Prepare for a career in screenwriting, journalism or film-making. Develop your creative and professional writing skills, examine key films and film-makers and create your own short films.
I'm now having great fun studying for an MA, teaching others and running my own writing business. ARU has gone above and beyond what I expected and opened so many doors for me.
On our BA (Hons) Writing and Film Studies, you’ll discover the fascinating ways in which writing and film intersect.
As well as developing your creative writing skills, including screenwriting and short stories, you’ll have the chance to explore professional writing techniques, including film reviews. Combining these with a study of critical writing, you’ll discover new ways to express your literary talent.
You’ll also investigate film-making practices from all over the world and learn the language of film from the perspective of a film-maker. This, along with full training in camera operation, sound recording and editing, will help you create your own explorative short films in video, animation or 16mm format.
Our teaching staff, which includes many published writers and professional film-makers, will offer you invaluable feedback on all of your practical work – as will your fellow students. This will give you the unique opportunity to consider a range of responses to your work, as well as to sharpen your own critical skills. You can also seek advice on your writing from our Royal Literary Fund fellows.
If there is a particular career that you are working towards, or interests that you want to explore, you can specialise further on our optional modules, including areas such as poetry and film art. You can even continue to practise your film-making, and create a project for screening at the Cambridge Arts Picturehouse.
Throughout the course you’ll have the chance to take part in extra-curricular events such as the Cambridge Film Festival, as well as attend guest lectures from key figures in the film industry. Our past speakers have included Terence Davies, Jayne Parker and Peter Gidal.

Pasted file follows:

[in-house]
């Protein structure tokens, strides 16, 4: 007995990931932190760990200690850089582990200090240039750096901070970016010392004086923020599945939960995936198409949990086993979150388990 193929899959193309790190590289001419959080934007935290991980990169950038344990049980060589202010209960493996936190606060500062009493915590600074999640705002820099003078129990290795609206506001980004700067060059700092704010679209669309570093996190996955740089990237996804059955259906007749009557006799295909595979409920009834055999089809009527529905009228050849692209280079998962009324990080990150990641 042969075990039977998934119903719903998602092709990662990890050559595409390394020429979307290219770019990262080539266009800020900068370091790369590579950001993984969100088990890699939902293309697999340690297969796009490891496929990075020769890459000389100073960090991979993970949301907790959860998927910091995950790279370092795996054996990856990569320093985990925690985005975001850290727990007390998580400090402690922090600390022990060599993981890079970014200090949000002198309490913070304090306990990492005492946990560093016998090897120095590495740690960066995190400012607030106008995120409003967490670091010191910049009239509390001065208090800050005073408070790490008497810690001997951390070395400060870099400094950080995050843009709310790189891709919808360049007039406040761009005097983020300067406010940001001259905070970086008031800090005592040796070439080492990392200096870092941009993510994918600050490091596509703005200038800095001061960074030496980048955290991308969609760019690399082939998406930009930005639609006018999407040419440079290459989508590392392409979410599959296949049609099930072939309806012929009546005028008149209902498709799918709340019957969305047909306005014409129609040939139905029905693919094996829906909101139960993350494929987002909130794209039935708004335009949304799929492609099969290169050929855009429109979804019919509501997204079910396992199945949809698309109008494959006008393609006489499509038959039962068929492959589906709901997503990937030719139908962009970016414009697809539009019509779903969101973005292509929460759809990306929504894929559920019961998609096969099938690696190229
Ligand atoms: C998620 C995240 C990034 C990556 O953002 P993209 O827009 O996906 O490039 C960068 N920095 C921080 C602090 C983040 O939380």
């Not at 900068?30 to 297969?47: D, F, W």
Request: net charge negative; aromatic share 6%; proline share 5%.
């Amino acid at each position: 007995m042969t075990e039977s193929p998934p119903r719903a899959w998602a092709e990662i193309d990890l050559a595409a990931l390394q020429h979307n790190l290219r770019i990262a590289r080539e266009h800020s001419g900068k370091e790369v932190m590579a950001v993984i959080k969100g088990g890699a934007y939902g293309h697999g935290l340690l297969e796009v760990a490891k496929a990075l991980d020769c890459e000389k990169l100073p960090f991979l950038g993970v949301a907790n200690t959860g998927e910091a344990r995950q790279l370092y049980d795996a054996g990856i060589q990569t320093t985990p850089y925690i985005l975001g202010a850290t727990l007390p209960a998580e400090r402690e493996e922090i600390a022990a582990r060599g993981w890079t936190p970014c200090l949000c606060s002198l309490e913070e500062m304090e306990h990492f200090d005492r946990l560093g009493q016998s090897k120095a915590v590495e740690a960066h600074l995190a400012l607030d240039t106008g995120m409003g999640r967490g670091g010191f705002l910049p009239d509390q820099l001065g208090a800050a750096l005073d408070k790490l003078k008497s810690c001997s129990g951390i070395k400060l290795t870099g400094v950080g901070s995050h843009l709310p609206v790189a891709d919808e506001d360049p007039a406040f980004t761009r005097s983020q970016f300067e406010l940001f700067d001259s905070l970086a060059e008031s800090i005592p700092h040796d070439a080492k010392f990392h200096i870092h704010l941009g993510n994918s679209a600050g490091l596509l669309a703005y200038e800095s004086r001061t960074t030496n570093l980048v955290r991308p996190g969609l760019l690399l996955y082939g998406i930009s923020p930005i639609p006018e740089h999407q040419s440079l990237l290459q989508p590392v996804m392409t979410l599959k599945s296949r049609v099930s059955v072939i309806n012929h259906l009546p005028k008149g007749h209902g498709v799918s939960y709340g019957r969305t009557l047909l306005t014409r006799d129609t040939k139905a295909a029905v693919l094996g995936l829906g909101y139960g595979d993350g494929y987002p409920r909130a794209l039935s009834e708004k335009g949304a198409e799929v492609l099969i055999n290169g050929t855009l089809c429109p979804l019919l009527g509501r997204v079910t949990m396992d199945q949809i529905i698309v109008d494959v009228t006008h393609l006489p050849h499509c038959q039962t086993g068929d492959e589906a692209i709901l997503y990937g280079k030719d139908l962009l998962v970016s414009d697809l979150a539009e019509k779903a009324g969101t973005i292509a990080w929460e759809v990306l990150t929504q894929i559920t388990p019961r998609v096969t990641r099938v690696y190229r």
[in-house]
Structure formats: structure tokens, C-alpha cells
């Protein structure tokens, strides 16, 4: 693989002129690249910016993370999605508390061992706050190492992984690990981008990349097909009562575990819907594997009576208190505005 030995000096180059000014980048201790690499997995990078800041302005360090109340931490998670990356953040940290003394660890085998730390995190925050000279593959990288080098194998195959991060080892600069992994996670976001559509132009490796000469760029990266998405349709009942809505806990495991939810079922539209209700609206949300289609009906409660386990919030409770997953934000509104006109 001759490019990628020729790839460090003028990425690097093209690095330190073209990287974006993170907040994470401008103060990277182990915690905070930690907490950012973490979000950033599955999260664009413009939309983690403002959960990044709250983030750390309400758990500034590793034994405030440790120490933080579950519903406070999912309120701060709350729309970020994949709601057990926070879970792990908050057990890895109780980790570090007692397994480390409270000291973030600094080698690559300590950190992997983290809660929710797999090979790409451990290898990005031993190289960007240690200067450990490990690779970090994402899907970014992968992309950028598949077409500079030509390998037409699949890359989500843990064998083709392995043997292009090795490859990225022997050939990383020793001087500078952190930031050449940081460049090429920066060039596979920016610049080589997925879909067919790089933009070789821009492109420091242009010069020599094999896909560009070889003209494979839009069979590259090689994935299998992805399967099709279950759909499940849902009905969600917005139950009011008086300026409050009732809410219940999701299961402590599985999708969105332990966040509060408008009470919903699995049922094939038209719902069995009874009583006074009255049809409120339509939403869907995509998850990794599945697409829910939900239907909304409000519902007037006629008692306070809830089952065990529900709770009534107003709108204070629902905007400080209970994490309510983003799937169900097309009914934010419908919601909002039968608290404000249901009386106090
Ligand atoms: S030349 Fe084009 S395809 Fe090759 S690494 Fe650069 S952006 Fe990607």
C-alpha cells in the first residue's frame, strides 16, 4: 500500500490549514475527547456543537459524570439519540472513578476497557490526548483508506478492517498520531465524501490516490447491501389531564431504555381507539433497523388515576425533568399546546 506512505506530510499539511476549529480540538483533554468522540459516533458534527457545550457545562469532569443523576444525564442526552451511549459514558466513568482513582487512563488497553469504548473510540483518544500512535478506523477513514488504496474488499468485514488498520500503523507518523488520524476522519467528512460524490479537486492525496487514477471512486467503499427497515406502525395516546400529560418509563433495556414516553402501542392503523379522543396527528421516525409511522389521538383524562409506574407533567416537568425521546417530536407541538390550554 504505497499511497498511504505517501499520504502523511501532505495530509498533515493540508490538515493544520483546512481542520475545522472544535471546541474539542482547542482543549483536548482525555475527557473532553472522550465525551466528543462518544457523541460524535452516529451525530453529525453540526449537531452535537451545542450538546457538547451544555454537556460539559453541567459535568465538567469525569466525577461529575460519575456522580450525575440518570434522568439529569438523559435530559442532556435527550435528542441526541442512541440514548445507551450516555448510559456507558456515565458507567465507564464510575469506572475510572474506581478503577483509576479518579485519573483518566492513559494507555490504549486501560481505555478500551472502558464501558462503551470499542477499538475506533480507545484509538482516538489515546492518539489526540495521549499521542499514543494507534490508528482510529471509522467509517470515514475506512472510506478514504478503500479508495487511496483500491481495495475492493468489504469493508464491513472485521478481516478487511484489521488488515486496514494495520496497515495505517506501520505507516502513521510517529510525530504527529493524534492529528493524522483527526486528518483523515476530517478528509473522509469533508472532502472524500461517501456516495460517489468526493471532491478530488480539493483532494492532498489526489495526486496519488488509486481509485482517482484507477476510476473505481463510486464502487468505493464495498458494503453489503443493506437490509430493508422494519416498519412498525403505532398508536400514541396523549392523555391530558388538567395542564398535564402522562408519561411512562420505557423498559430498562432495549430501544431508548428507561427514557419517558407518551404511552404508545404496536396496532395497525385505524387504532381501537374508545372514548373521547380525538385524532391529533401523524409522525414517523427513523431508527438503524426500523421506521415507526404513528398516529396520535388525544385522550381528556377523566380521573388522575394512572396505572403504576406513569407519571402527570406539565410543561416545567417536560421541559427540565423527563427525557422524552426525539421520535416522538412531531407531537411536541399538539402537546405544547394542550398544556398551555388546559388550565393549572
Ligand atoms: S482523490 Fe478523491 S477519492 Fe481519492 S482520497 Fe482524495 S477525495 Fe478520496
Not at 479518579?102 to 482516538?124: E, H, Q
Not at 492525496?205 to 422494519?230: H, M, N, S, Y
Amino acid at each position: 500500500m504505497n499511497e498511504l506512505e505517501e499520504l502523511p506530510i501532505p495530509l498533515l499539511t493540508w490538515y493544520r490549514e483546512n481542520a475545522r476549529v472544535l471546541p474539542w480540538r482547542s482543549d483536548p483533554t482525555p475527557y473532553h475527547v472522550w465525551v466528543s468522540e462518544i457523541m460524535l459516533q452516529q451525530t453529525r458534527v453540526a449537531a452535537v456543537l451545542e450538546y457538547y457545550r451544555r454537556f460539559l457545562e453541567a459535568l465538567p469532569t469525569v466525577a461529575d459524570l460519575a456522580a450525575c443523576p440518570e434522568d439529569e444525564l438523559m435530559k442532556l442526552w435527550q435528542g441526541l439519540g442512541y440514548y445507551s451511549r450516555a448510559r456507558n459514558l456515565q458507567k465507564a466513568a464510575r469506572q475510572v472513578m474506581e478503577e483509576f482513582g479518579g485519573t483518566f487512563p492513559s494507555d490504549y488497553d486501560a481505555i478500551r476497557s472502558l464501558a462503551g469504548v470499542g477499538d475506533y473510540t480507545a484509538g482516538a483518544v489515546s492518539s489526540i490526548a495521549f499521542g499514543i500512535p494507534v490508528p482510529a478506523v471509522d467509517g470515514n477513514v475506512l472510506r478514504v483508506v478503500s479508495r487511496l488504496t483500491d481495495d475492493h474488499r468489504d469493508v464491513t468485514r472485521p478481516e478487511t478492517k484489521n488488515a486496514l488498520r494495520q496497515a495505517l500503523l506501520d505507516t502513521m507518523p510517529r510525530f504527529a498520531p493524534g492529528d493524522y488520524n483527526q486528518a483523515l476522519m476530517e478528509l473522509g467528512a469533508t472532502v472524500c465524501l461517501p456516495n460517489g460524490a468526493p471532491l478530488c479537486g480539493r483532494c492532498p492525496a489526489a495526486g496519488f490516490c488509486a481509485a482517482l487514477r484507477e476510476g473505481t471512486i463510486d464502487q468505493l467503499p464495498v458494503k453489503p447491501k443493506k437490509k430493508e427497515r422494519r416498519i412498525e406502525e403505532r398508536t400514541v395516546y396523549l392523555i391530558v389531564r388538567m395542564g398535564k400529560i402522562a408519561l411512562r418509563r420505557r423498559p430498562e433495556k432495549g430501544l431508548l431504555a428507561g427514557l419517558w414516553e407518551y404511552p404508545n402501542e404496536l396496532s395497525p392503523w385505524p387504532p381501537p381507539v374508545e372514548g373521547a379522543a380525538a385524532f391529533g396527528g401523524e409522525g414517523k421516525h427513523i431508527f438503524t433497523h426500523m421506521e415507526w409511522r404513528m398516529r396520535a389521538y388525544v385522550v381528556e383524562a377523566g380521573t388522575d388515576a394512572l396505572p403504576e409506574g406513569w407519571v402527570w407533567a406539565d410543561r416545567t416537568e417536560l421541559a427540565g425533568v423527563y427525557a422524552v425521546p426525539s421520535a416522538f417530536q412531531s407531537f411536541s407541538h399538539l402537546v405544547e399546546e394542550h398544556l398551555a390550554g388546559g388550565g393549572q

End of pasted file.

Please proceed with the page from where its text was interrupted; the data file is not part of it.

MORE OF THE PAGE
Course Leader: Judy Forshaw
*The Guardian University Guide 2018
Our BA (Hons) Writing and Film Studies will help you prepare for many writing and film-related roles. Many of our past students now enjoy careers in film and video production, film criticism, cinema/film festival administration and management, film education, broadcasting, journalism or publishing.
You might also decide to continue on to a Masters course, such as our:
Our links with local and national organisations will help you make contacts and find work placements in the industry. Our recent students have undertaken work experience with Cambridge University Press Cambridge Arts Picturehouse, Cambridge Film Festival, ITN, London Weekend Television, BBC, CBBC, MTV, Zenith Productions, Pinewood Studios, Sequence Post production, Sight and Sound magazine, London Studios and the New York Film Academy, among others.
We host employability events that bring together professionals and practitioners from a variety of writing and film-related disciplines. You can also seek advice on your writing from our Royal Literary Fund fellows.
For a full breakdown of module options and credits, please view the module structure.
You’ll show your progress through many methods, reflecting the varied nature of the course. These will include writing portfolios, critical commentaries, presentations, journals and log books, critical essays, film reviews and analyses, internet, print and video production, and commissions. You’ll also take part in 'crits', in which you’ll present and defend your work.
Each year you’ll prepare a Personal Development Portfolio, which includes a CV and personal statement. This will give you the chance to reflect on your progress to date, the skills you’ve developed and any extracurricular activities that will help you when looking for work.